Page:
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10. Facts, Fictions, and Faith: What is Really Real after All?

John D. Caputo Indiana University Press ePub

 

Thus to request the idol-breakers to smash the many mediators of science, in order to reach the real world out there, better and faster, would be a call for barbarism, not for enlightenment. Do we really have to spend another century alternating violently between constructivism and realism, between artificiality and authenticity? Science deserves better than naive worship and naive contempt. Its regime of invisibility is as uplifting as that of religion and art. The subtlety of its traces requires a form of care and attention, a form of spirituality.

BRUNO LATOUR

Having thus redescribed “objectivity” as a way to think about the world in which we live as if we were dead or never born, let us now take a careful look at the words that have sparked the current critique of continental philosophy—Meillassoux's critique of “correlation” and “fideism,” in that order. This criticism has been set in motion by the theological turn, or the return of religion, which is taken to be a regrettable consequence of continental anti-realism. I think there is something to this critique of fideism but it should be put to better purpose. It should be used to get beyond fideism and to come up with a more worthy idea of “faith,” which I characterize in terms of our desire beyond desire, constituting the heart of a heartless world—and the lesson we learn less from a heartfelt Mary than from a hearty Martha.1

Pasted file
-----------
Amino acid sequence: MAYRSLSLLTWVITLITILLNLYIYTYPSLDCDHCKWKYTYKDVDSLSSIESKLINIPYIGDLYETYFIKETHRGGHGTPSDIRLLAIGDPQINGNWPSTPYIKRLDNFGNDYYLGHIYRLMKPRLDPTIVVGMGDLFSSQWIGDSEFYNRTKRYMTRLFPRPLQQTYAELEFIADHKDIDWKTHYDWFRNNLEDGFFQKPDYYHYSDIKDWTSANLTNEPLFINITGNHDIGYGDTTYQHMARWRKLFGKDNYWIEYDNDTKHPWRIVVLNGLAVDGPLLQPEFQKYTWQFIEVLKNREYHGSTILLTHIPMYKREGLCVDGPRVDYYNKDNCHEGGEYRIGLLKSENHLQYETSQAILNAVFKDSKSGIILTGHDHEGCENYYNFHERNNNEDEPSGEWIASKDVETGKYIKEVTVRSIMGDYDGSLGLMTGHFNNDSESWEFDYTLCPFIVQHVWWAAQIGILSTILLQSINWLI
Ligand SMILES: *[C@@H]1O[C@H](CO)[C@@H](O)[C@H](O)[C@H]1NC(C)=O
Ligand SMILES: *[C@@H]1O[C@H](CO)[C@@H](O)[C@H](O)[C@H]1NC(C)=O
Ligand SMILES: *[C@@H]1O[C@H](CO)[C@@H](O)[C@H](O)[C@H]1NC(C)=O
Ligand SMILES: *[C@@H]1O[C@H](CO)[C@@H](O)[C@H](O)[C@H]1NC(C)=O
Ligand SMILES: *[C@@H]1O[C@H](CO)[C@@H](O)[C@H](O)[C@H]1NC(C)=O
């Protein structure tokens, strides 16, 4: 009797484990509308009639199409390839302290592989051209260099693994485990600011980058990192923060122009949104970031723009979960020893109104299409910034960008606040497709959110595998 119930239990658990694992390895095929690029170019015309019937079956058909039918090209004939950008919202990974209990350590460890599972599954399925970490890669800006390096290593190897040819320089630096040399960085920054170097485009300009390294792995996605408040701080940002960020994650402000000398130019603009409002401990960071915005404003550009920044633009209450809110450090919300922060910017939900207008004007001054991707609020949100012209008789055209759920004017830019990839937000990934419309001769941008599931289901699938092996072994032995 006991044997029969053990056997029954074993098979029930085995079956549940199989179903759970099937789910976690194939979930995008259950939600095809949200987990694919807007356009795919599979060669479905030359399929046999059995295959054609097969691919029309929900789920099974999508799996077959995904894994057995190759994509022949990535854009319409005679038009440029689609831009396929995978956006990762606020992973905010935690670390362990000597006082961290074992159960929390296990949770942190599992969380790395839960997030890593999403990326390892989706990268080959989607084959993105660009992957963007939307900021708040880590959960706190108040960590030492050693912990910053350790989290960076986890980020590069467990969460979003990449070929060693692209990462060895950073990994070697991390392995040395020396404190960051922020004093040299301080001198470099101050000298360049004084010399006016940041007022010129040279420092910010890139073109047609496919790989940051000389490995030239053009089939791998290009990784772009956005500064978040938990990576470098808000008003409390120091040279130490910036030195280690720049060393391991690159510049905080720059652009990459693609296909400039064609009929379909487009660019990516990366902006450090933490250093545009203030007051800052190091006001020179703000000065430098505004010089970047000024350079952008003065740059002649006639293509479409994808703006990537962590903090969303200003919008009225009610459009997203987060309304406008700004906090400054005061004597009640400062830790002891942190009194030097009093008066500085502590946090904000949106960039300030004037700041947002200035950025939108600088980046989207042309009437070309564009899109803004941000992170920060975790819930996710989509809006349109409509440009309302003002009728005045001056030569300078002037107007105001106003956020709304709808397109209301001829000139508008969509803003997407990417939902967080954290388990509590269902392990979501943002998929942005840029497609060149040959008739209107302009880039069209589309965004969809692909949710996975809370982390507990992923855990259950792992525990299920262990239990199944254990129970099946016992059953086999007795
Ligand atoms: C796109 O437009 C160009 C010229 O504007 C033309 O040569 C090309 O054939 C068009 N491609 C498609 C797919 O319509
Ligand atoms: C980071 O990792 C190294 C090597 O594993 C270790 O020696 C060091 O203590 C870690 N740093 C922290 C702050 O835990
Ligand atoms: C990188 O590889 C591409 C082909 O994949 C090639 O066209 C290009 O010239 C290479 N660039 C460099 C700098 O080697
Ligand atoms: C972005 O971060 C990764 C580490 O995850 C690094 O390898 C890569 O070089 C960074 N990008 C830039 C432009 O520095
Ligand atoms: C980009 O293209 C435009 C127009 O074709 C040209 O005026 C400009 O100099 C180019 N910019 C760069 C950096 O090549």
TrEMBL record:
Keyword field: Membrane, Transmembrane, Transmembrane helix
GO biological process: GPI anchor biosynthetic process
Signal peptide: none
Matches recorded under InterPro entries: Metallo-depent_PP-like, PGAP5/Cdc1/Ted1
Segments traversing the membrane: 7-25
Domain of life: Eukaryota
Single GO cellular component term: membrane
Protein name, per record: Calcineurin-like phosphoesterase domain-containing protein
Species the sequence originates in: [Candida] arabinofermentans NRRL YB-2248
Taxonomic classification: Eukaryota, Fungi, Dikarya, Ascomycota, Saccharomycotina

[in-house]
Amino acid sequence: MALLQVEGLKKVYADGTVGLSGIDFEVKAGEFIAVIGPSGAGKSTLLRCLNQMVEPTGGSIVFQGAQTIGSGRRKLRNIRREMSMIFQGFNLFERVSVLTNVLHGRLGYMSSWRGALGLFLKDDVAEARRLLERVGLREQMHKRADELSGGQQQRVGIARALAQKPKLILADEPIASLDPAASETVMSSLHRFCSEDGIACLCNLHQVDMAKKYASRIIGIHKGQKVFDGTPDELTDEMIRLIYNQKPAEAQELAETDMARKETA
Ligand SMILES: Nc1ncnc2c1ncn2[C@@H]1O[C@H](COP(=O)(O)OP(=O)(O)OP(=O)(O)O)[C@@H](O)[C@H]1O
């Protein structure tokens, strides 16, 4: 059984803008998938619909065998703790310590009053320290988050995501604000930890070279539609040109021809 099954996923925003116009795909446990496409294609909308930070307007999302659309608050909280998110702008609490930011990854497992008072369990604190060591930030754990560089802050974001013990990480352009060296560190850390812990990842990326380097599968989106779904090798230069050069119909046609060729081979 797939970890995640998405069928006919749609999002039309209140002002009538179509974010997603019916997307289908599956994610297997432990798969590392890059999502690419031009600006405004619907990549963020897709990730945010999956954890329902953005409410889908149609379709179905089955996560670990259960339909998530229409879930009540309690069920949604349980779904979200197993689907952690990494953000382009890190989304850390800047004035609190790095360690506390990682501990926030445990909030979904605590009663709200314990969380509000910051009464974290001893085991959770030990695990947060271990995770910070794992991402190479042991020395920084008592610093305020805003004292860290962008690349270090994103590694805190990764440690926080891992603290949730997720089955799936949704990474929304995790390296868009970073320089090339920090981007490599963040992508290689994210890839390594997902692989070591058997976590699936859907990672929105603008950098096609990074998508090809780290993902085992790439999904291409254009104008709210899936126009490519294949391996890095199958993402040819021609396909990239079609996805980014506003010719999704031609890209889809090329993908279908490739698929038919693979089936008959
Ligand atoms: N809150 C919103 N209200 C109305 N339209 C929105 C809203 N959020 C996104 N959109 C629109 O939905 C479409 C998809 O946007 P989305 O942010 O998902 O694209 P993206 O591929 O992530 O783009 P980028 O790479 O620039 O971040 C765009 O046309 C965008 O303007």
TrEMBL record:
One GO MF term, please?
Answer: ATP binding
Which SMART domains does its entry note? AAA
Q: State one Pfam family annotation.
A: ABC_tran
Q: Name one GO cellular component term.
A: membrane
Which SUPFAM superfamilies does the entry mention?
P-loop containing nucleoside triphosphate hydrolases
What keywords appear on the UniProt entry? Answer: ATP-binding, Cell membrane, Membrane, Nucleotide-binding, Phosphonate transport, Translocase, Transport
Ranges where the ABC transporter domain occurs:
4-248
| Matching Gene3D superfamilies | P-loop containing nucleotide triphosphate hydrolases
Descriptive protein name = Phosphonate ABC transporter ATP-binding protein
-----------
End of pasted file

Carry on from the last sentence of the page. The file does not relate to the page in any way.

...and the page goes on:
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Appendix to Part Two: Newly Discovered Fragments on the Kingdom of God from the Gospel of Miriam

John D. Caputo Indiana University Press ePub

My dear friend Magdalena de la Cruz has recently e-mailed me what she calls “Newly Discovered Fragments on the Kingdom of God from The Gospel of Miriam.” As you may know, Magdalena is quite a prankster and rather an anarchist herself.1 I have no idea about the source or authenticity of these texts, no original manuscript to submit to the experts, and no idea about the reliability of the translator, since all the texts are in English yet purport to be fragments of a missing gospel. This latter point would be, if true, quite astonishing. The English is middling good, so I conclude that the translator is an Anglophone who has mischievously introduced French and Latin into the text. Unless, of course, this is an alteration made by Magdalena herself, which I would not put past her, since her attitude to the niceties of scholarly protocol is, to say the least, rather casual. I pass them along to the reader, now as in the past, as a courtesy to an old friend, but with this proviso: whatever I receive from Magdalena is always very provocative and heterodox and, although these materials are highly supportive of my projects, I cannot dispel my suspicions about their provenance. I reproduce these texts with the admonition that the reader take them for what they are worth and not attribute too much authority to them or their author. Magdalena is a free spirit, to say the least, a very independent creature who makes me feel quite conservative whenever I am in her company, which I confess I enjoy very much, by the way.

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3. The Beautiful Risk of Creation: On Genesis ad literam (Almost)

John D. Caputo Indiana University Press ePub

Twenty-six attempts preceded the present genesis,
all of which were destined to fail.
The world of man has arisen out of the chaotic heart
of the preceding debris; he too is exposed
to the risk of failure, and the return to nothing.
‘Let us hope it works’ (Halway Sheyaamod)